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Optimal Tracking and Identification of Paths for Industrial Robots

Olofsson, Björn and Nilsson, Henrik (2010) In MSc Theses
Department of Automatic Control
Abstract
In many application areas in industrial production, industrial robots are utilised for performing various tasks. Frequently a predefined geometric path exists, such that the robot should track this path with its tool centre point. The tracking is often to be performed with certain criteria specified, such as minimisation of time or energy. Accordingly, path tracking problems can often conveniently be formulated as optimisation problems. This thesis concerns the problem of timeoptimal path tracking for industrial robots. The path tracking is experimentally evaluated on a robot from ABB of type IRB140 available in the Robotics Lab at the Department of Automatic Control, Lund University. In the thesis, mainly the optimisation software... (More)
In many application areas in industrial production, industrial robots are utilised for performing various tasks. Frequently a predefined geometric path exists, such that the robot should track this path with its tool centre point. The tracking is often to be performed with certain criteria specified, such as minimisation of time or energy. Accordingly, path tracking problems can often conveniently be formulated as optimisation problems. This thesis concerns the problem of timeoptimal path tracking for industrial robots. The path tracking is experimentally evaluated on a robot from ABB of type IRB140 available in the Robotics Lab at the Department of Automatic Control, Lund University. In the thesis, mainly the optimisation software JModelica.org has been used for optimisation purposes. In cases where the path only is defined by a motion of a tool along a contour of an object, experimental methods are required in order to determine the corresponding geometric motion of the robot. In the thesis a contact-force control approach for determining of the joint positions along the desired path is considered. Further, in a timeoptimal path tracking, one control signal is saturated in every time instance. Consequently, the robustness to modelling errors and disturbances is low. In order to make the control more robust, an earlier developed control structure called path velocity controller is implemented and tested in the robot system. Both contact-force controlled path identification and optimal path tracking are evaluated in simulations and in experiments on the robot system. (Less)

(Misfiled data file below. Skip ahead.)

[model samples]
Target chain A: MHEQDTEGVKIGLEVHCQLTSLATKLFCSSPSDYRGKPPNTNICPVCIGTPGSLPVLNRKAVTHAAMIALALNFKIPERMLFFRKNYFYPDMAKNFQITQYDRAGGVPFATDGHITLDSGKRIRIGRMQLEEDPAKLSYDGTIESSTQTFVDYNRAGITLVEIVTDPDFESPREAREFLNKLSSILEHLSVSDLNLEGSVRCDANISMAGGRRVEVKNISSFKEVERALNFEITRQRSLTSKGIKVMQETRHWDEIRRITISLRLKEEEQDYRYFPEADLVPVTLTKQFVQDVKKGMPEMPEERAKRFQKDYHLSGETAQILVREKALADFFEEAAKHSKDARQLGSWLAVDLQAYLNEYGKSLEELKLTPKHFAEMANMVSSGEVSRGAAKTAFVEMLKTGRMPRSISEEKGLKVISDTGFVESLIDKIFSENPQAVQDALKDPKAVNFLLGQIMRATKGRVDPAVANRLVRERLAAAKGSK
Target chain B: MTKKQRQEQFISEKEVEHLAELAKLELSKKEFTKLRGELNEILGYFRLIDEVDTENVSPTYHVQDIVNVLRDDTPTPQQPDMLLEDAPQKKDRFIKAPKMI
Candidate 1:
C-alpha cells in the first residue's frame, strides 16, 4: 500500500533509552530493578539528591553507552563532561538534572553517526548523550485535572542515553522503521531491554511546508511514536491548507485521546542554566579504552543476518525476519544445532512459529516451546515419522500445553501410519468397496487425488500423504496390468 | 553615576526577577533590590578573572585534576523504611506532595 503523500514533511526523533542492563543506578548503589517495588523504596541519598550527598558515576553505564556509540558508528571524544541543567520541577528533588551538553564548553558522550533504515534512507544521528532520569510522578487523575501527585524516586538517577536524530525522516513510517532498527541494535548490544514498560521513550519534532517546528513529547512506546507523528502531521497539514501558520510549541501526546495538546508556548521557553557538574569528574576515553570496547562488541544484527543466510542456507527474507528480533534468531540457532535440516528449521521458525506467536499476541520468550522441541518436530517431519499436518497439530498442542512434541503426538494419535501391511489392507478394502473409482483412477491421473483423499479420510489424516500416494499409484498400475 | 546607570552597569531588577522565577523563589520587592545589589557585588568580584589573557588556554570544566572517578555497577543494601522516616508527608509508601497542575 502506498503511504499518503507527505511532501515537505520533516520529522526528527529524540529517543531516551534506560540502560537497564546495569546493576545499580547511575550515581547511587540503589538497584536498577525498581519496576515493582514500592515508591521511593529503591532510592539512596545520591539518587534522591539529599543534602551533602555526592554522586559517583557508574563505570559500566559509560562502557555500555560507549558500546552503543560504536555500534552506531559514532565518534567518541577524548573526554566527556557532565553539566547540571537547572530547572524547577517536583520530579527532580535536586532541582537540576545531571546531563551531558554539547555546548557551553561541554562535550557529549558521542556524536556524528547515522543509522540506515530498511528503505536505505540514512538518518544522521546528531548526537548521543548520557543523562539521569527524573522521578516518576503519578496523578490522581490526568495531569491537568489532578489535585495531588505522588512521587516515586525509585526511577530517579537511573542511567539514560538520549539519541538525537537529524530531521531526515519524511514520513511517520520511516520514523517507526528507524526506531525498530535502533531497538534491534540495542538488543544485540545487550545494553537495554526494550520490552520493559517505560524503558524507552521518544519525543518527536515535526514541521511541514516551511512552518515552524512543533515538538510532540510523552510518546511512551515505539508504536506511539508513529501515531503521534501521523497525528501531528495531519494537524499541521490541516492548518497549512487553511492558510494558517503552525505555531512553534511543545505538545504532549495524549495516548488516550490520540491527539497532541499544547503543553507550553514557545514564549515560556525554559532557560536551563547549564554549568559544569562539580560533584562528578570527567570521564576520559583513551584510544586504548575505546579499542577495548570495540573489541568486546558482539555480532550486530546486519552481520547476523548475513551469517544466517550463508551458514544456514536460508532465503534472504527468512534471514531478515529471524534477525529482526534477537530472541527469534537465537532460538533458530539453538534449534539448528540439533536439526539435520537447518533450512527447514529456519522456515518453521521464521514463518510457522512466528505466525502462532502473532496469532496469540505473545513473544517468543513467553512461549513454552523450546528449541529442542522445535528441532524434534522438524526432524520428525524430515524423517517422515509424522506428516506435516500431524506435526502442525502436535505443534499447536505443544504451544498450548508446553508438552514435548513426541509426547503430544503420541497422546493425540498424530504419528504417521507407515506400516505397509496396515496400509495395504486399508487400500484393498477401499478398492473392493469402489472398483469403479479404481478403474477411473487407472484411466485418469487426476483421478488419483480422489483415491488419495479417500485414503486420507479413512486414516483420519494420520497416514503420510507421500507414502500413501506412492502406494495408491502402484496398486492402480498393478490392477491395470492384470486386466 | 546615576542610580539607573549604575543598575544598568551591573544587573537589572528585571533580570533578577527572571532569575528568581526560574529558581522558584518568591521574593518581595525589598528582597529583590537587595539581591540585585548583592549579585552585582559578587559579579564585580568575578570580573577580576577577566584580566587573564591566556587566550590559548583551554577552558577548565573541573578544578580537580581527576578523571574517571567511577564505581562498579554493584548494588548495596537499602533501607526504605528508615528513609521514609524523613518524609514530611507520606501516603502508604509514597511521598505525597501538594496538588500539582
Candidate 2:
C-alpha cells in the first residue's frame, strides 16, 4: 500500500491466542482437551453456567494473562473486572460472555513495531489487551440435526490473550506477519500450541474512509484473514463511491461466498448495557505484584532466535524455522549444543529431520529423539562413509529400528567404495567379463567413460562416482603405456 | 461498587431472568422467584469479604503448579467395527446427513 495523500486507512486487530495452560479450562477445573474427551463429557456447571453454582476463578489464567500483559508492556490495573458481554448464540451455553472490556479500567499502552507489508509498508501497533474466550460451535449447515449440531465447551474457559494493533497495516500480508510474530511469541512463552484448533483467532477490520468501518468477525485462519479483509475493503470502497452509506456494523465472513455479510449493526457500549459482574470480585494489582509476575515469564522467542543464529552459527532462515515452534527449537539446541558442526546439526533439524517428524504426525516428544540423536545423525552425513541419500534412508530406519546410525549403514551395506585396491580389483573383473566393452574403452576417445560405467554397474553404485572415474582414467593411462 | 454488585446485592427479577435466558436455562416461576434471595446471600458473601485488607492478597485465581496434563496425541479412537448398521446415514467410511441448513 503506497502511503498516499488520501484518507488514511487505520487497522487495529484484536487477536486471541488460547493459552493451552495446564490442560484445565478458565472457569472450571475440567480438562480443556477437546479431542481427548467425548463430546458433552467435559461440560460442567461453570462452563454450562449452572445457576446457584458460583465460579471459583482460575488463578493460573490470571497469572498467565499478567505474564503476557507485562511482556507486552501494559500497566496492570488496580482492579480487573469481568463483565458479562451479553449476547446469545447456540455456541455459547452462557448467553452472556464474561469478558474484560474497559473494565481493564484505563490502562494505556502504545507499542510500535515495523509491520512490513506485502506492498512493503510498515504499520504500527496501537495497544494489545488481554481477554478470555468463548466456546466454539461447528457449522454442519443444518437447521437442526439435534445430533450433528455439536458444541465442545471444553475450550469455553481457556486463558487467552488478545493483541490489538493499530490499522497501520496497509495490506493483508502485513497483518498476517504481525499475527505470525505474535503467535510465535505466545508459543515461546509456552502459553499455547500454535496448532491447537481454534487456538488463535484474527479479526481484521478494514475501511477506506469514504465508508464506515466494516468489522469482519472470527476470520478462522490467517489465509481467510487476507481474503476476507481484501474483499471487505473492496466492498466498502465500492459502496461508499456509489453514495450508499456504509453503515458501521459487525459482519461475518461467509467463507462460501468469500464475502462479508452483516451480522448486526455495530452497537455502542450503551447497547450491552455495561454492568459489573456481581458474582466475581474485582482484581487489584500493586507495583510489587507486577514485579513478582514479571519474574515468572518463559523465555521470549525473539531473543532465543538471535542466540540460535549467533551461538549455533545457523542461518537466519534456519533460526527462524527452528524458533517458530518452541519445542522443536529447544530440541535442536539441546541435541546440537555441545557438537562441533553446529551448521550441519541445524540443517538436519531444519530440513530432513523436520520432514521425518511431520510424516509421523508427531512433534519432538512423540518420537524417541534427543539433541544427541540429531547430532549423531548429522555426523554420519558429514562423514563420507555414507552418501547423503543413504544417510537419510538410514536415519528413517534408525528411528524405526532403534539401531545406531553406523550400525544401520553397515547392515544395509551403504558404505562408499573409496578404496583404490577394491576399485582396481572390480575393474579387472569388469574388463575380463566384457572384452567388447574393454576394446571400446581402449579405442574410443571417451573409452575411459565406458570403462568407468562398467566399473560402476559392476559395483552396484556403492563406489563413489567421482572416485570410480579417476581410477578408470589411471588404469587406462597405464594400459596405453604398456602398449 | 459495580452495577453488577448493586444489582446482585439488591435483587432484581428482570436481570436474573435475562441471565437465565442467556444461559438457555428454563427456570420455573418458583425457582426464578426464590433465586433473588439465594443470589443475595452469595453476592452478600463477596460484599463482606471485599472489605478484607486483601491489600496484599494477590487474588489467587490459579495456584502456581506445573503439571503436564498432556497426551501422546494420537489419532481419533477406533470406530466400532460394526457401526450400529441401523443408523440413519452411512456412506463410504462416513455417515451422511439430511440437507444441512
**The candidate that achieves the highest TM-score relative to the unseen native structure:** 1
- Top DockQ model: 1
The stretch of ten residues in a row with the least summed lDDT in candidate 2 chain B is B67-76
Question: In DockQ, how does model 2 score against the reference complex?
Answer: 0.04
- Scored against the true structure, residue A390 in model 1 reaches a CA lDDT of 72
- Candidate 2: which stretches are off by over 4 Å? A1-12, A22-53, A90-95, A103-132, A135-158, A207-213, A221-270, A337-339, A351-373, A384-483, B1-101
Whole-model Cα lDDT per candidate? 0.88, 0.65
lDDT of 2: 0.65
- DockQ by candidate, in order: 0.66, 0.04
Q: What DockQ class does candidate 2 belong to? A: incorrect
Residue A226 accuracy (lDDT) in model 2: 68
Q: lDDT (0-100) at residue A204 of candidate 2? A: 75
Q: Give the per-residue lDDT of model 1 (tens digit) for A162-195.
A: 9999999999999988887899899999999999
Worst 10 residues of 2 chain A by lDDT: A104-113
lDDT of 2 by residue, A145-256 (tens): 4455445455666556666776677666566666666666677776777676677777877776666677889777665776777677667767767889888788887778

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author
Olofsson, Björn and Nilsson, Henrik
supervisor
organization
year
type
H3 - Professional qualifications (4 Years - )
subject
publication/series
MSc Theses
report number
TFRT-5858
ISSN
0280-5316
language
English
id
8847449
date added to LUP
2016-03-16 12:40:40
date last changed
2016-03-16 12:40:40
@misc{8847449,
  abstract     = {In many application areas in industrial production, industrial robots are utilised for performing various tasks. Frequently a predefined geometric path exists, such that the robot should track this path with its tool centre point. The tracking is often to be performed with certain criteria specified, such as minimisation of time or energy. Accordingly, path tracking problems can often conveniently be formulated as optimisation problems. This thesis concerns the problem of timeoptimal path tracking for industrial robots. The path tracking is experimentally evaluated on a robot from ABB of type IRB140 available in the Robotics Lab at the Department of Automatic Control, Lund University. In the thesis, mainly the optimisation software JModelica.org has been used for optimisation purposes. In cases where the path only is defined by a motion of a tool along a contour of an object, experimental methods are required in order to determine the corresponding geometric motion of the robot. In the thesis a contact-force control approach for determining of the joint positions along the desired path is considered. Further, in a timeoptimal path tracking, one control signal is saturated in every time instance. Consequently, the robustness to modelling errors and disturbances is low. In order to make the control more robust, an earlier developed control structure called path velocity controller is implemented and tested in the robot system. Both contact-force controlled path identification and optimal path tracking are evaluated in simulations and in experiments on the robot system.},
  author       = {Olofsson, Björn and Nilsson, Henrik},
  issn         = {0280-5316},
  language     = {eng},
  note         = {Student Paper},
  series       = {MSc Theses},
  title        = {Optimal Tracking and Identification of Paths for Industrial Robots},
  year         = {2010},
}